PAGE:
Media Mostly Ignore Sex Abuse Data

Catholic League president Bill Donohue comments on the way the media are reacting to the 2009 annual report on priestly sexual abuse that was just released by the United States Conference of Catholic Bishops:

There was a 36 percent decline in allegations of clergy sexual abuse between 2008 and 2009. As usual, most of the alleged offenders are either dead and buried, have already been thrown out of the priesthood, or are missing. There were six allegations made in 2009 involving minors. Six. As always, males are the preferred target. The report gave an age breakdown but did not mention the significant role played by homosexuals. Media reports never mentioned it either.

Here’s how the media responded. AP ran a story of 864 words, but most newspapers ignored it: only two—the Asbury Park Press and the News Journal (Wilmington)—decided to run it. The Washington Post did a responsible job by covering it in 505 words. The St. Paul Pioneer Press also offered a decent summary. By contrast, the New York Times ran a 92-word article. The Chicago Tribune did much the same. None of the other big dailies—from the Catholic-bashing Boston Globe to the reliably anti-Catholic Los Angeles Times—even bothered to mention it. NPR gave it short mention, but the broadcast and cable stations ignored it.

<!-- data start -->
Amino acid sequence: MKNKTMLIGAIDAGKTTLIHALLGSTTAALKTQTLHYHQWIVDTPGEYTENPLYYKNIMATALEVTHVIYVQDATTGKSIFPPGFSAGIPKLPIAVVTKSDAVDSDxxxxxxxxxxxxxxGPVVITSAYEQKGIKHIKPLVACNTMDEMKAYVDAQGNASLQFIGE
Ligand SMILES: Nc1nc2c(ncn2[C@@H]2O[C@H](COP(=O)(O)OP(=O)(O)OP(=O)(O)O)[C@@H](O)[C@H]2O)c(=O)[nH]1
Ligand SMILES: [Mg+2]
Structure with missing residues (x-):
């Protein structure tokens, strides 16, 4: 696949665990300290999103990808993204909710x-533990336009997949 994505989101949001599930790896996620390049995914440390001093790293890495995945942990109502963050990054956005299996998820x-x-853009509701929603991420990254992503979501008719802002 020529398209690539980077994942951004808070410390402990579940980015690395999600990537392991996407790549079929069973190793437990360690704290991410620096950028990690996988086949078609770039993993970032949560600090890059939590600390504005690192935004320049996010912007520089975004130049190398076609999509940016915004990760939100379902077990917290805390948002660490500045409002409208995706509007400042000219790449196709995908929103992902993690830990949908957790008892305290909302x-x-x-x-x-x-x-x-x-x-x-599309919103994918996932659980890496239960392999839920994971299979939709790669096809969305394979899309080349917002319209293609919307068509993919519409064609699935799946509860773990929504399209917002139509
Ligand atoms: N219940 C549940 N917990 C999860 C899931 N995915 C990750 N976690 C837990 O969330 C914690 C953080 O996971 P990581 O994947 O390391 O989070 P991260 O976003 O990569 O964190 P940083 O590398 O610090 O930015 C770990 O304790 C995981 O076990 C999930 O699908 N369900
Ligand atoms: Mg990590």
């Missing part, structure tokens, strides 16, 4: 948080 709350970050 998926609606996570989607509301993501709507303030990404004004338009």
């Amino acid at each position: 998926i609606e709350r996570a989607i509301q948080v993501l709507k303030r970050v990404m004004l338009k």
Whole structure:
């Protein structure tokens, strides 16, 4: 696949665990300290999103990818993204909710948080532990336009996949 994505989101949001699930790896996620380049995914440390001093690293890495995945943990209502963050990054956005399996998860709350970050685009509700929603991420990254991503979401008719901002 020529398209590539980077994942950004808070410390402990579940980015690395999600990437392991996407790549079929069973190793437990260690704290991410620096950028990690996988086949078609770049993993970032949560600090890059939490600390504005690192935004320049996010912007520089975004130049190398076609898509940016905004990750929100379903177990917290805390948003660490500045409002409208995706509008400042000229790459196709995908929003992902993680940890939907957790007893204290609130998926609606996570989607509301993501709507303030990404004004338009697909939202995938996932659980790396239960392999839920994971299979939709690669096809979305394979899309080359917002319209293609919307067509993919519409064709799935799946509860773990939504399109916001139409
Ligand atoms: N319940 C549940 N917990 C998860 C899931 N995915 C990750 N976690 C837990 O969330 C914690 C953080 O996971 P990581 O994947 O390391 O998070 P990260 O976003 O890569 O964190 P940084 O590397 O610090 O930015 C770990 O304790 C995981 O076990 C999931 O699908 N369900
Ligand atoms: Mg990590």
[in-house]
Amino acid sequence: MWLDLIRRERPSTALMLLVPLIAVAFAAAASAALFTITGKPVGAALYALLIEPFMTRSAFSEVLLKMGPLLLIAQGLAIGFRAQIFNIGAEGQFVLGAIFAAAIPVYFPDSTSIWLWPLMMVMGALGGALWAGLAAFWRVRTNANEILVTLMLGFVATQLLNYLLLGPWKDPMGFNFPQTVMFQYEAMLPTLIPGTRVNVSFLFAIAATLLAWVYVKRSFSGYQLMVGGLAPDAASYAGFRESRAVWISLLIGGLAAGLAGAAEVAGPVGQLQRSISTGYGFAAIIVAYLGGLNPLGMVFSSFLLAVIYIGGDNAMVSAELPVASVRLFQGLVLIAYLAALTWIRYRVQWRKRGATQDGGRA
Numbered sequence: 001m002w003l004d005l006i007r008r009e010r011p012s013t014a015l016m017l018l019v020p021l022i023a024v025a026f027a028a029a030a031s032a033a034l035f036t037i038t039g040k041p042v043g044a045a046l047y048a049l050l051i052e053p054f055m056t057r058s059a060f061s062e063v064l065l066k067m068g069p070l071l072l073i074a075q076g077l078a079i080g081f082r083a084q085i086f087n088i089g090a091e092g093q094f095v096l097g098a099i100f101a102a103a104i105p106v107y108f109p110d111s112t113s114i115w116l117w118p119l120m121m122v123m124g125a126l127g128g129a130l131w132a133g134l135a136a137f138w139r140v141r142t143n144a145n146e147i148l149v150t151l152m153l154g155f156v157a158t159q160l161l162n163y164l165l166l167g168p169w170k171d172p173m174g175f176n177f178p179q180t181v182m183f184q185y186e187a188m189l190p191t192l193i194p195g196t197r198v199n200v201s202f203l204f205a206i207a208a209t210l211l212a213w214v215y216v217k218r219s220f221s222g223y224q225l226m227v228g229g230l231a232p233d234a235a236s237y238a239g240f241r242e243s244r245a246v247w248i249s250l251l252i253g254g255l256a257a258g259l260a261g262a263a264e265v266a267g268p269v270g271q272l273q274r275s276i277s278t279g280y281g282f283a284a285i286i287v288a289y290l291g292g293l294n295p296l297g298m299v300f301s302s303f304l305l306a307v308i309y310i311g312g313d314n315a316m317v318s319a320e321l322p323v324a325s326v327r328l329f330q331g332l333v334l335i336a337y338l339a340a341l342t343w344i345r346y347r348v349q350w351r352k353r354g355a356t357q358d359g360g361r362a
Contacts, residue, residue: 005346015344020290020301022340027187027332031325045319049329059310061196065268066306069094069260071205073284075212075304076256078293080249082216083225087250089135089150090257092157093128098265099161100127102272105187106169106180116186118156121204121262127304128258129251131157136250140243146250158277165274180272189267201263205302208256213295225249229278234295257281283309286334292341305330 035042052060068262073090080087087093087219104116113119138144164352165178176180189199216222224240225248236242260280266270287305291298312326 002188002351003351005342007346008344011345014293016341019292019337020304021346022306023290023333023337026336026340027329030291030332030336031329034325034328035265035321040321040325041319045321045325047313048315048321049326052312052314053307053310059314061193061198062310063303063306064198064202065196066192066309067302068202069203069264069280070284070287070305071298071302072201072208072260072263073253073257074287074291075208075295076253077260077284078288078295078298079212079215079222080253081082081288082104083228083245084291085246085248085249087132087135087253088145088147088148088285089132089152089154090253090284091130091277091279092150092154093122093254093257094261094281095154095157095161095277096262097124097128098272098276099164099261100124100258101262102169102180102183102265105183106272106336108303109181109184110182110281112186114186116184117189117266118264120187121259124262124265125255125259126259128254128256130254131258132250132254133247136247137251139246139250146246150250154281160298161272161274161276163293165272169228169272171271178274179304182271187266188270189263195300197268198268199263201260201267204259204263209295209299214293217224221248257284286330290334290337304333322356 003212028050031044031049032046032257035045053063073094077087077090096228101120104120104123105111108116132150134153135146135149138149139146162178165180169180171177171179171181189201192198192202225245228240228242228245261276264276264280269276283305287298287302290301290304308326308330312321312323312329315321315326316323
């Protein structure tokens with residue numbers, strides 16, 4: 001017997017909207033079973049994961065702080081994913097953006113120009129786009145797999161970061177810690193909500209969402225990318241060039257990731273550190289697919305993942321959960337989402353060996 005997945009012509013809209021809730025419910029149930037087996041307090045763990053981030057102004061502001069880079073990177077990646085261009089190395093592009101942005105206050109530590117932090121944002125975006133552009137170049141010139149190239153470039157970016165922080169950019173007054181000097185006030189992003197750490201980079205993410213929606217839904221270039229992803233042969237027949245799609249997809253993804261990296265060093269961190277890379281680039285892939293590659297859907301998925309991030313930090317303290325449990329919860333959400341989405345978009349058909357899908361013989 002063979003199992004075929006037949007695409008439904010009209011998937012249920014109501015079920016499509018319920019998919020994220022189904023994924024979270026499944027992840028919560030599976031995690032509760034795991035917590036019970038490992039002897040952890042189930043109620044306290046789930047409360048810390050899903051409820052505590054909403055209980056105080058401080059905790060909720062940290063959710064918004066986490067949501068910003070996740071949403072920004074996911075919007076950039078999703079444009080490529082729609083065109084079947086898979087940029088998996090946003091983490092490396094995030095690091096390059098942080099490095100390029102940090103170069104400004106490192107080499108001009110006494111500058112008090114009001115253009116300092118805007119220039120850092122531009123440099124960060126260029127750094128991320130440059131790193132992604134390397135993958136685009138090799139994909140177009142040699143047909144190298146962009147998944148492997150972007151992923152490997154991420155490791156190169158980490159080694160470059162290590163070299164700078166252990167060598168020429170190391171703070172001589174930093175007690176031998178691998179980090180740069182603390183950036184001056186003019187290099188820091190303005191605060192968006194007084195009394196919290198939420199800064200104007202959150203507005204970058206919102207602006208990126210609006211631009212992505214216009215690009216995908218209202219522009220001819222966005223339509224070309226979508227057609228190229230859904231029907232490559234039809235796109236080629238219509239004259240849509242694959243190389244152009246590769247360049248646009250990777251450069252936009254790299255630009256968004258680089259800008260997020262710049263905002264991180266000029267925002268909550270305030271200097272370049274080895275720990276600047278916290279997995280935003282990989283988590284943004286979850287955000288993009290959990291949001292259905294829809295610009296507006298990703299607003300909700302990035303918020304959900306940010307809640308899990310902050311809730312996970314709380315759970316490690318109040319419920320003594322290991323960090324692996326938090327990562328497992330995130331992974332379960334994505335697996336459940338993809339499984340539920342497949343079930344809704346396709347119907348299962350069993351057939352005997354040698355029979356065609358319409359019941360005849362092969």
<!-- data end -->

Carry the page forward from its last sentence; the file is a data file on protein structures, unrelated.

It’s all so predictable. Bad news about the Catholic Church is front-page news, but good news goes largely ignored. To those who say it’s no different with any other group, consider this. The AP reports today that a rabbi accused of raping a 7-year-old girl in New York a decade ago was arrested yesterday outside his Arizona synagogue. Aside from a very brief article in the New York Daily News, not a single newspaper in New York or Arizona—or anywhere else—bothered to print it.

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  • Joe DeVet

    Catholics are the last group against which it is politically correct to discriminate.

    We can take heart…Jesus said it would be so for those who followed him. Our status as the target of abuse from the Culture of Death says that with all our faults and failings, we still must be some kind of beacon of life and truth to this poor culture of ours.

    And so the work continues…

  • consecrata

    As more and more facts come out about Weakland’s accusations trying to draw Our Holy Father into the sex abuse scandal, it is clearly seen that P. Benedict, as Cardinal Ratzinger was not given the facts and the Priest involved was already retired and infirm. However, a great concern of mine is this: why aren’t our Bishops and Priests here in the United States rising up en masse to defend our Holy Father?

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